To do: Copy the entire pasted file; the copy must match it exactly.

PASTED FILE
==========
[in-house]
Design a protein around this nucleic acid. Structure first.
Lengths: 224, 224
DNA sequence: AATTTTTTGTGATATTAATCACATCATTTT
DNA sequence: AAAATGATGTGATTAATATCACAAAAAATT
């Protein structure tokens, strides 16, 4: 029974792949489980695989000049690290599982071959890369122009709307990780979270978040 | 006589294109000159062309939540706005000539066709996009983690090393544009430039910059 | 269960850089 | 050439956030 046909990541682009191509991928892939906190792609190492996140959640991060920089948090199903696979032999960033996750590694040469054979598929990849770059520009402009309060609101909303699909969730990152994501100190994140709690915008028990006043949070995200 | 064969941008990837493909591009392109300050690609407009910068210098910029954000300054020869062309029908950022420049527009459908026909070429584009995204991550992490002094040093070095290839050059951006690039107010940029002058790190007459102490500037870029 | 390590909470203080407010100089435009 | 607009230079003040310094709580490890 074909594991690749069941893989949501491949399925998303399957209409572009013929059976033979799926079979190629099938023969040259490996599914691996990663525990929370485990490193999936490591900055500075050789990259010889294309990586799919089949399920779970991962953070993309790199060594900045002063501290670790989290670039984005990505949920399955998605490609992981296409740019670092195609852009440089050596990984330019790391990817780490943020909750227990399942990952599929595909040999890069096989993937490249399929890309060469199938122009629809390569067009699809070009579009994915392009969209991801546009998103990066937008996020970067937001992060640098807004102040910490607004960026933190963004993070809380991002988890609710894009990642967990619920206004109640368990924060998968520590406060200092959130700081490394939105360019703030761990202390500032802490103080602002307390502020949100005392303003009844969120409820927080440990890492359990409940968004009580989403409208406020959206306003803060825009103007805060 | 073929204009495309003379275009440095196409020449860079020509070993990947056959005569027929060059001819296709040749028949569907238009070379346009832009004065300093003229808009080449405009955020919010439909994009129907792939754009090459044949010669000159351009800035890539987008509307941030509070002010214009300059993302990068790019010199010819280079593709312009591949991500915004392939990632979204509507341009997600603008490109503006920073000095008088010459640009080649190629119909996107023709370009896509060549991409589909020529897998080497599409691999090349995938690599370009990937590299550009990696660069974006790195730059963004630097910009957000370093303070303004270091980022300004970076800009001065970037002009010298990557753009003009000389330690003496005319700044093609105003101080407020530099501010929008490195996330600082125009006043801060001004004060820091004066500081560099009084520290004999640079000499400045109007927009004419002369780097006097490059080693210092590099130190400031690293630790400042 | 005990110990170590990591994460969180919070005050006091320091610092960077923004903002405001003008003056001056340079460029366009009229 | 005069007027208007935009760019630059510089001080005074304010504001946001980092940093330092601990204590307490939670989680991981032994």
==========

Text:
[in-house]
Design a protein around this nucleic acid. Structure first.
Lengths: 224, 224
DNA sequence: AATTTTTTGTGATATTAATCACATCATTTT
DNA sequence: AAAATGATGTGATTAATATCACAAAAAATT
């Protein structure tokens, strides 16, 4: 029974792949489980695989000049690290599982071959890369122009709307990780979270978040 | 006589294109000159062309939540706005000539066709996009983690090393544009430039910059 | 269960850089 | 050439956030 046909990541682009191509991928892939906190792609190492996140959640991060920089948090199903696979032999960033996750590694040469054979598929990849770059520009402009309060609101909303699909969730990152994501100190994140709690915008028990006043949070995200 | 064969941008990837493909591009392109300050690609407009910068210098910029954000300054020869062309029908950022420049527009459908026909070429584009995204991550992490002094040093070095290839050059951006690039107010940029002058790190007459102490500037870029 | 390590909470203080407010100089435009 | 607009230079003040310094709580490890 074909594991690749069941893989949501491949399925998303399957209409572009013929059976033979799926079979190629099938023969040259490996599914691996990663525990929370485990490193999936490591900055500075050789990259010889294309990586799919089949399920779970991962953070993309790199060594900045002063501290670790989290670039984005990505949920399955998605490609992981296409740019670092195609852009440089050596990984330019790391990817780490943020909750227990399942990952599929595909040999890069096989993937490249399929890309060469199938122009629809390569067009699809070009579009994915392009969209991801546009998103990066937008996020970067937001992060640098807004102040910490607004960026933190963004993070809380991002988890609710894009990642967990619920206004109640368990924060998968520590406060200092959130700081490394939105360019703030761990202390500032802490103080602002307390502020949100005392303003009844969120409820927080440990890492359990409940968004009580989403409208406020959206306003803060825009103007805060 | 073929204009495309003379275009440095196409020449860079020509070993990947056959005569027929060059001819296709040749028949569907238009070379346009832009004065300093003229808009080449405009955020919010439909994009129907792939754009090459044949010669000159351009800035890539987008509307941030509070002010214009300059993302990068790019010199010819280079593709312009591949991500915004392939990632979204509507341009997600603008490109503006920073000095008088010459640009080649190629119909996107023709370009896509060549991409589909020529897998080497599409691999090349995938690599370009990937590299550009990696660069974006790195730059963004630097910009957000370093303070303004270091980022300004970076800009001065970037002009010298990557753009003009000389330690003496005319700044093609105003101080407020530099501010929008490195996330600082125009006043801060001004004060820091004066500081560099009084520290004999640079000499400045109007927009004419002369780097006097490059080693210092590099130190400031690293630790400042 | 005990110990170590990591994460969180919070005050006091320091610092960077923004903002405001003008003056001056340079460029366009009229 | 005069007027208007935009760019630059510089001080005074304010504001946001980092940093330092601990204590307490939670989680991981032994």